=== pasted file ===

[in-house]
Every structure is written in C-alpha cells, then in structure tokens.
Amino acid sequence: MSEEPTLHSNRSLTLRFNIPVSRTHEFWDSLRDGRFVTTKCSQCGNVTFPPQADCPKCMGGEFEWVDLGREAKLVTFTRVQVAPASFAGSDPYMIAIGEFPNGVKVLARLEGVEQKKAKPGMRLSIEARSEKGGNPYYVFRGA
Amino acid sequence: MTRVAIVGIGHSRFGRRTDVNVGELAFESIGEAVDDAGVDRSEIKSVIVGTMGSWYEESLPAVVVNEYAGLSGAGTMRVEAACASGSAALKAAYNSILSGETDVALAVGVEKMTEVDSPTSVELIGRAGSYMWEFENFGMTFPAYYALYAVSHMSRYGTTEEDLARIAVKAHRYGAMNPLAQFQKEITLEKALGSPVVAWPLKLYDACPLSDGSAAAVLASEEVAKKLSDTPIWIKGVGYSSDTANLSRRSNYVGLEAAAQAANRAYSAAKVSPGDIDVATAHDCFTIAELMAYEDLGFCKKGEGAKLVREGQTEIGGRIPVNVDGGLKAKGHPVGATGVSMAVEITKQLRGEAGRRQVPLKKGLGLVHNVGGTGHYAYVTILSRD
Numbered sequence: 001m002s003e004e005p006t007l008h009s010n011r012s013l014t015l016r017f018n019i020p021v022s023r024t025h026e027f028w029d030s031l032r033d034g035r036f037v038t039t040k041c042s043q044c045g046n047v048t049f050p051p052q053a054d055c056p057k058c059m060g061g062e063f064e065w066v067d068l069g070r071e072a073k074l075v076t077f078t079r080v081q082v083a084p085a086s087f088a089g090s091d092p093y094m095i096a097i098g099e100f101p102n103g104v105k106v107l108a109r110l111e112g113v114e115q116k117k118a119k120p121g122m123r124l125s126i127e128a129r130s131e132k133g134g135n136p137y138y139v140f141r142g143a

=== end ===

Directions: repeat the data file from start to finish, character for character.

[in-house]
Every structure is written in C-alpha cells, then in structure tokens.
Amino acid sequence: MSEEPTLHSNRSLTLRFNIPVSRTHEFWDSLRDGRFVTTKCSQCGNVTFPPQADCPKCMGGEFEWVDLGREAKLVTFTRVQVAPASFAGSDPYMIAIGEFPNGVKVLARLEGVEQKKAKPGMRLSIEARSEKGGNPYYVFRGA
Amino acid sequence: MTRVAIVGIGHSRFGRRTDVNVGELAFESIGEAVDDAGVDRSEIKSVIVGTMGSWYEESLPAVVVNEYAGLSGAGTMRVEAACASGSAALKAAYNSILSGETDVALAVGVEKMTEVDSPTSVELIGRAGSYMWEFENFGMTFPAYYALYAVSHMSRYGTTEEDLARIAVKAHRYGAMNPLAQFQKEITLEKALGSPVVAWPLKLYDACPLSDGSAAAVLASEEVAKKLSDTPIWIKGVGYSSDTANLSRRSNYVGLEAAAQAANRAYSAAKVSPGDIDVATAHDCFTIAELMAYEDLGFCKKGEGAKLVREGQTEIGGRIPVNVDGGLKAKGHPVGATGVSMAVEITKQLRGEAGRRQVPLKKGLGLVHNVGGTGHYAYVTILSRD
Numbered sequence: 001m002s003e004e005p006t007l008h009s010n011r012s013l014t015l016r017f018n019i020p021v022s023r024t025h026e027f028w029d030s031l032r033d034g035r036f037v038t039t040k041c042s043q044c045g046n047v048t049f050p051p052q053a054d055c056p057k058c059m060g061g062e063f064e065w066v067d068l069g070r071e072a073k074l075v076t077f078t079r080v081q082v083a084p085a086s087f088a089g090s091d092p093y094m095i096a097i098g099e100f101p102n103g104v105k106v107l108a109r110l111e112g113v114e115q116k117k118a119k120p121g122m123r124l125s126i127e128a129r130s131e132k133g134g135n136p137y138y139v140f141r142g143a